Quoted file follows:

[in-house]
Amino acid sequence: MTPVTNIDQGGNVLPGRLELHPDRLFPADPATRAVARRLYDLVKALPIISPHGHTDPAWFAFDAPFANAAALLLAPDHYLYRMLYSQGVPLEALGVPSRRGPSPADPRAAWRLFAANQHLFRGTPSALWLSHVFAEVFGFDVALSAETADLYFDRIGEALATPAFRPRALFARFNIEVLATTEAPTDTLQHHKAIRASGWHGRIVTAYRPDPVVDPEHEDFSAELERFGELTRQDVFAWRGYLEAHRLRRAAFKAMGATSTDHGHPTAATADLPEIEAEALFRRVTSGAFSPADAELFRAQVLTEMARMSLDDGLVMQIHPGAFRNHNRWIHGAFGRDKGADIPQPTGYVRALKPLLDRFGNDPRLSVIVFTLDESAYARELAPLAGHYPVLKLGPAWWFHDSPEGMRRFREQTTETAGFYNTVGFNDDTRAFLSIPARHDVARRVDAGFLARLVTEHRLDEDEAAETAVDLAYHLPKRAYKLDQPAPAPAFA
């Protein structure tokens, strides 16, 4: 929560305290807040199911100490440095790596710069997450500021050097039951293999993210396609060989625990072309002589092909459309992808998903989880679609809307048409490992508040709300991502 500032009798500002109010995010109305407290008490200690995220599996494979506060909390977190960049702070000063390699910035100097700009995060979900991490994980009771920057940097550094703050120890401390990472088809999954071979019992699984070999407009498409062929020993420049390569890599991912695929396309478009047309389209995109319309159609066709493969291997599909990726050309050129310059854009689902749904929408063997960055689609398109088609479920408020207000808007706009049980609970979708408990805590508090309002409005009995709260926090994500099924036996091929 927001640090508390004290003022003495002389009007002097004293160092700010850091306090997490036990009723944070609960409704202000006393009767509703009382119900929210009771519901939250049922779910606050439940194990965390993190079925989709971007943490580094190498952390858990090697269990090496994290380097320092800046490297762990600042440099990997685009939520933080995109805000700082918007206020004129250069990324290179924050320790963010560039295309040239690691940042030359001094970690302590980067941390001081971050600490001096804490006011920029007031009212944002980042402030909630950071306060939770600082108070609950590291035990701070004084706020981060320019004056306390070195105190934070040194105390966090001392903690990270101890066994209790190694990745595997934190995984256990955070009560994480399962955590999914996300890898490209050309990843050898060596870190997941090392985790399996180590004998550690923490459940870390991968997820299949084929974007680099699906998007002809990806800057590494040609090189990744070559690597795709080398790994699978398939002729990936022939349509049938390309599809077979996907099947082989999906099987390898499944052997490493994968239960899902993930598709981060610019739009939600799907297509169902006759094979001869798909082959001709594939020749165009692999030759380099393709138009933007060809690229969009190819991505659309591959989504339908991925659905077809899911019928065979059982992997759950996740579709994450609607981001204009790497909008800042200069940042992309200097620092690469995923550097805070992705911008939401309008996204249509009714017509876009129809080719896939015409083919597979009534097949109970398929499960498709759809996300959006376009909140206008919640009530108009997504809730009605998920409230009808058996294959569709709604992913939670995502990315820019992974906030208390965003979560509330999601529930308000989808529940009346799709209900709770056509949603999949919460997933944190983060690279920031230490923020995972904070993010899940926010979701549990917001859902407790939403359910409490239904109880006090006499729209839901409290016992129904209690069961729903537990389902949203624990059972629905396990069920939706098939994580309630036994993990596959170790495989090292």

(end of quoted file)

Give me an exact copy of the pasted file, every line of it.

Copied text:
[in-house]
Amino acid sequence: MTPVTNIDQGGNVLPGRLELHPDRLFPADPATRAVARRLYDLVKALPIISPHGHTDPAWFAFDAPFANAAALLLAPDHYLYRMLYSQGVPLEALGVPSRRGPSPADPRAAWRLFAANQHLFRGTPSALWLSHVFAEVFGFDVALSAETADLYFDRIGEALATPAFRPRALFARFNIEVLATTEAPTDTLQHHKAIRASGWHGRIVTAYRPDPVVDPEHEDFSAELERFGELTRQDVFAWRGYLEAHRLRRAAFKAMGATSTDHGHPTAATADLPEIEAEALFRRVTSGAFSPADAELFRAQVLTEMARMSLDDGLVMQIHPGAFRNHNRWIHGAFGRDKGADIPQPTGYVRALKPLLDRFGNDPRLSVIVFTLDESAYARELAPLAGHYPVLKLGPAWWFHDSPEGMRRFREQTTETAGFYNTVGFNDDTRAFLSIPARHDVARRVDAGFLARLVTEHRLDEDEAAETAVDLAYHLPKRAYKLDQPAPAPAFA
């Protein structure tokens, strides 16, 4: 929560305290807040199911100490440095790596710069997450500021050097039951293999993210396609060989625990072309002589092909459309992808998903989880679609809307048409490992508040709300991502 500032009798500002109010995010109305407290008490200690995220599996494979506060909390977190960049702070000063390699910035100097700009995060979900991490994980009771920057940097550094703050120890401390990472088809999954071979019992699984070999407009498409062929020993420049390569890599991912695929396309478009047309389209995109319309159609066709493969291997599909990726050309050129310059854009689902749904929408063997960055689609398109088609479920408020207000808007706009049980609970979708408990805590508090309002409005009995709260926090994500099924036996091929 927001640090508390004290003022003495002389009007002097004293160092700010850091306090997490036990009723944070609960409704202000006393009767509703009382119900929210009771519901939250049922779910606050439940194990965390993190079925989709971007943490580094190498952390858990090697269990090496994290380097320092800046490297762990600042440099990997685009939520933080995109805000700082918007206020004129250069990324290179924050320790963010560039295309040239690691940042030359001094970690302590980067941390001081971050600490001096804490006011920029007031009212944002980042402030909630950071306060939770600082108070609950590291035990701070004084706020981060320019004056306390070195105190934070040194105390966090001392903690990270101890066994209790190694990745595997934190995984256990955070009560994480399962955590999914996300890898490209050309990843050898060596870190997941090392985790399996180590004998550690923490459940870390991968997820299949084929974007680099699906998007002809990806800057590494040609090189990744070559690597795709080398790994699978398939002729990936022939349509049938390309599809077979996907099947082989999906099987390898499944052997490493994968239960899902993930598709981060610019739009939600799907297509169902006759094979001869798909082959001709594939020749165009692999030759380099393709138009933007060809690229969009190819991505659309591959989504339908991925659905077809899911019928065979059982992997759950996740579709994450609607981001204009790497909008800042200069940042992309200097620092690469995923550097805070992705911008939401309008996204249509009714017509876009129809080719896939015409083919597979009534097949109970398929499960498709759809996300959006376009909140206008919640009530108009997504809730009605998920409230009808058996294959569709709604992913939670995502990315820019992974906030208390965003979560509330999601529930308000989808529940009346799709209900709770056509949603999949919460997933944190983060690279920031230490923020995972904070993010899940926010979701549990917001859902407790939403359910409490239904109880006090006499729209839901409290016992129904209690069961729903537990389902949203624990059972629905396990069920939706098939994580309630036994993990596959170790495989090292």